Opinion

A new economic architecture for Kerala

C Sarat Chandran | Updated on June 08, 2020

The State can emerge as a major source for high quality healthcare professionals for the world

Kerala’s painstaking efforts in meeting the challenge of the corona crisis has won wide appreciation across India and beyond. Right from the time the first signs of the virus were detected in the central city of Wuhan in China and three students from Kerala were forced to return home in late January, Kerala was on high alert, mobilising its resources and with a carefully prepared protocol that was effectively implemented.

There is, however, more to Kerala’s response than this high degree of preparedness. Kerala has often received global attention and admiration for its model of development with its prime focus on education, healthcare, environment and cleanliness. Kerala also ranks first among all Indian States in the Sustainable Development Index constructed by NITIAayog, and which aligns with the United Nation’s Sustainable Development Goals.

Social development

It is important to note that while all other States were primarily concerned with a higher degree of economic growth and industrial development, Kerala reversed the trend by laying a strong foundation of social development on which the State could build a super-structure of inclusive growth. The result has been that the State’s economic growth has been trickling down to socially and economically disadvantaged sections in greater measure than what happens in the rest of India.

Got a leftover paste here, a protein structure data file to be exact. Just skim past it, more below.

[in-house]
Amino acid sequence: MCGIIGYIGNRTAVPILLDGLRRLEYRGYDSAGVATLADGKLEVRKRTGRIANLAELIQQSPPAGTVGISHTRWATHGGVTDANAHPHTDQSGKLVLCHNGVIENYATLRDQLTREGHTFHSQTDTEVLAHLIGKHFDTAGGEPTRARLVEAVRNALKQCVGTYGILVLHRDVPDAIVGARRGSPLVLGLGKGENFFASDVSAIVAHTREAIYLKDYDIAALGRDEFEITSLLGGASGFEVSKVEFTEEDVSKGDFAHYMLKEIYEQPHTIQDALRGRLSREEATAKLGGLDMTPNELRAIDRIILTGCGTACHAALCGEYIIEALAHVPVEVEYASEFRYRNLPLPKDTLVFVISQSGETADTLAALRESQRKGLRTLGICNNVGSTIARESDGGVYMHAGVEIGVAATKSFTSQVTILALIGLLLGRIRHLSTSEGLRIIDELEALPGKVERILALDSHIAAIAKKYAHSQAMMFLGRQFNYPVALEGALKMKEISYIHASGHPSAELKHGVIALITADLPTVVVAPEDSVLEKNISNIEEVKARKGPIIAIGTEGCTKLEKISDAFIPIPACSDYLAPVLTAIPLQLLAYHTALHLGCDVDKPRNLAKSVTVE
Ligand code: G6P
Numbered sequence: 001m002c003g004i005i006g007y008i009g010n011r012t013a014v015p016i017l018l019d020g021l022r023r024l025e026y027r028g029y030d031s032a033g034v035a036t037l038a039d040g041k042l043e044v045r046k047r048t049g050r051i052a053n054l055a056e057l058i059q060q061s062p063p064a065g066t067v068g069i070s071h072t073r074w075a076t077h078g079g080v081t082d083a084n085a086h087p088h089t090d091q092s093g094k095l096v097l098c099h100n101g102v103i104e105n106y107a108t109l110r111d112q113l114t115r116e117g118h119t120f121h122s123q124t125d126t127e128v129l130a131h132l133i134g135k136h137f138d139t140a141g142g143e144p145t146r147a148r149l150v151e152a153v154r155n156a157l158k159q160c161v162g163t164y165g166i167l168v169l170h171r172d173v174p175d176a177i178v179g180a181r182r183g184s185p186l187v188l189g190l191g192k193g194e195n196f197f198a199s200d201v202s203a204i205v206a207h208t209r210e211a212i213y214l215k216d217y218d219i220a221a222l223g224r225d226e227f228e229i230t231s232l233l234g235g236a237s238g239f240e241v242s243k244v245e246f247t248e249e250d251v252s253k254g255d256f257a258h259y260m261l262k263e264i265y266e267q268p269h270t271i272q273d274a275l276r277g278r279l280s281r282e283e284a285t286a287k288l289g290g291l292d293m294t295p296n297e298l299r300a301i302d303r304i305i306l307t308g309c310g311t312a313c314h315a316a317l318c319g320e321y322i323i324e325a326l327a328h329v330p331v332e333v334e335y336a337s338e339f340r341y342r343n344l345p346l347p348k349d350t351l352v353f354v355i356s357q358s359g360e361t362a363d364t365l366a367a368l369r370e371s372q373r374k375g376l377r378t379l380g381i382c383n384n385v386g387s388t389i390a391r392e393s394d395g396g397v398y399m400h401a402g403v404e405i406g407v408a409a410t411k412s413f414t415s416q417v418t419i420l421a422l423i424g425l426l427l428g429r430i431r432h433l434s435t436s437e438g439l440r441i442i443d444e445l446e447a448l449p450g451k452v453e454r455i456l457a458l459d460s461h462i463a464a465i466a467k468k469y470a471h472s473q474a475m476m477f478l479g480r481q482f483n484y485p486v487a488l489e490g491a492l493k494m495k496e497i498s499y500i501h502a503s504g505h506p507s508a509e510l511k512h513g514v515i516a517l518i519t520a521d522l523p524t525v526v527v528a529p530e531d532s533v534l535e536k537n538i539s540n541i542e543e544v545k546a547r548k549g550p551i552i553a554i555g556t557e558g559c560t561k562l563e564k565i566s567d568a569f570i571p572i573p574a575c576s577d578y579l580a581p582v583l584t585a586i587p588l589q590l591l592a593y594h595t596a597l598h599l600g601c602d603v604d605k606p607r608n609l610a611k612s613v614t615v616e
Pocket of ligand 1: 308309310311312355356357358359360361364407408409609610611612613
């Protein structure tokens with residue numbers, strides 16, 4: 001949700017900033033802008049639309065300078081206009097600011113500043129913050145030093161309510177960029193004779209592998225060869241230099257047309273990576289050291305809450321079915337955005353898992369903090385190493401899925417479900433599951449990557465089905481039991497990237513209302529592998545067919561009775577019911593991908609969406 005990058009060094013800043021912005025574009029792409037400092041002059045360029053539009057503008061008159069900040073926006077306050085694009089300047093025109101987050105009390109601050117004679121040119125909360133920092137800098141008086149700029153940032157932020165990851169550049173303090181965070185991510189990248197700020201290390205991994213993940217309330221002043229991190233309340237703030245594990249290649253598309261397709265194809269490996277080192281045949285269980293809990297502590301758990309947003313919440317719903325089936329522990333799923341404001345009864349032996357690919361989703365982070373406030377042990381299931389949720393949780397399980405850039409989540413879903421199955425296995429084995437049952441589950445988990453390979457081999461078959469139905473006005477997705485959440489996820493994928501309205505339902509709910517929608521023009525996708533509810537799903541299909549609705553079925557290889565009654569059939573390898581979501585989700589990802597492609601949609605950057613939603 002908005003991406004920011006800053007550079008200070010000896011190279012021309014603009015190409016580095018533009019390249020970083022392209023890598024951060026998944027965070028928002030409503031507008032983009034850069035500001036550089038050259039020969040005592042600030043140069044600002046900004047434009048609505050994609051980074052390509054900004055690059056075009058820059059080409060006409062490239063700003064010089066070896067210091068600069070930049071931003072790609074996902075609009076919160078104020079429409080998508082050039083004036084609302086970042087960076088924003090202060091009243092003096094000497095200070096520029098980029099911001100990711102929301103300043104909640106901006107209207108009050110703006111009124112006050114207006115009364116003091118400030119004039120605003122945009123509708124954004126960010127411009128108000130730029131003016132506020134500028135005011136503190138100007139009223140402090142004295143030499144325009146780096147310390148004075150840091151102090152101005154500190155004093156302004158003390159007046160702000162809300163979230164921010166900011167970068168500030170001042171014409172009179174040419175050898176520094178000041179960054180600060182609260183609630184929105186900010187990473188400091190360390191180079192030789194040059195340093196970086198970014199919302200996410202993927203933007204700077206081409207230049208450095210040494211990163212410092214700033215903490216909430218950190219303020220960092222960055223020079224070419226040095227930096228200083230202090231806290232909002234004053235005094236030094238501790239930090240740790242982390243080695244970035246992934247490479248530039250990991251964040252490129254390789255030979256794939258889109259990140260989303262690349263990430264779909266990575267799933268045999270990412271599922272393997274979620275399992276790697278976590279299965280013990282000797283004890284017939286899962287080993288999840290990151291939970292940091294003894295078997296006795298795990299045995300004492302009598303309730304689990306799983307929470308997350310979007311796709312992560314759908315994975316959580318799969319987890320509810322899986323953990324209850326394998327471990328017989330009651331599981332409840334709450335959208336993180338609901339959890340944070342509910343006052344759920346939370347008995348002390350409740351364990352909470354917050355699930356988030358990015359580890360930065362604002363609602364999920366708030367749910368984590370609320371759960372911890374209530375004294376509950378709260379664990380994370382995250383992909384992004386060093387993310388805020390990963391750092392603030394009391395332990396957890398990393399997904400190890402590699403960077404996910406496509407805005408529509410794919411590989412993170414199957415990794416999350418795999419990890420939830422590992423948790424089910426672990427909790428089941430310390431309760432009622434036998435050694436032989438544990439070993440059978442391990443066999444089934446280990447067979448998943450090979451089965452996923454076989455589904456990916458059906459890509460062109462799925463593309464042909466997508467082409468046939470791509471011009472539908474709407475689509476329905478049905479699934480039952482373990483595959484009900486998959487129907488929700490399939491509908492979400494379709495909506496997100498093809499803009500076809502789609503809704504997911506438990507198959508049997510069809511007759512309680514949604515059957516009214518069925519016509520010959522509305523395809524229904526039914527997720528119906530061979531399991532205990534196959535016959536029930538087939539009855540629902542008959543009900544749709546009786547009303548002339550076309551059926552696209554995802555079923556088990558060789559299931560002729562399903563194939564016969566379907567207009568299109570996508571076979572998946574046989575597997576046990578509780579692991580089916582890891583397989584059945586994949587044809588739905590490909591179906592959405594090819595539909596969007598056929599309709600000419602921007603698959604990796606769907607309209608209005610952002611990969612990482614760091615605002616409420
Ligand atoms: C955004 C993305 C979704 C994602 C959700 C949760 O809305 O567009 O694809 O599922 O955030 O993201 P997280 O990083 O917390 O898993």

Kerala also enjoys a unique resource in terms of its 2.5 million strong diaspora spread across the globe. In a world that is getting increasingly integrated, Kerala has a luminous history of interactions with the world outside. The diaspora has been adding great value to Kerala’s economy by massive remittances and the Sate has often been described as a “money order economy”.

In 2018, the State received $20 billion from Keralites working abroad, mostly in the Gulf region. This is equivalent to around ₹1,40,000 crore and forms 25 per cent of all the remittances India received in 2018 from the NRI community across the world. This huge wealth creation should be seen as a reflection of the quality of Kerala’s human resources, whether they are the workers in the Gulf region, the nurses in the hospitals across the world or teachers employed in schools in Africa.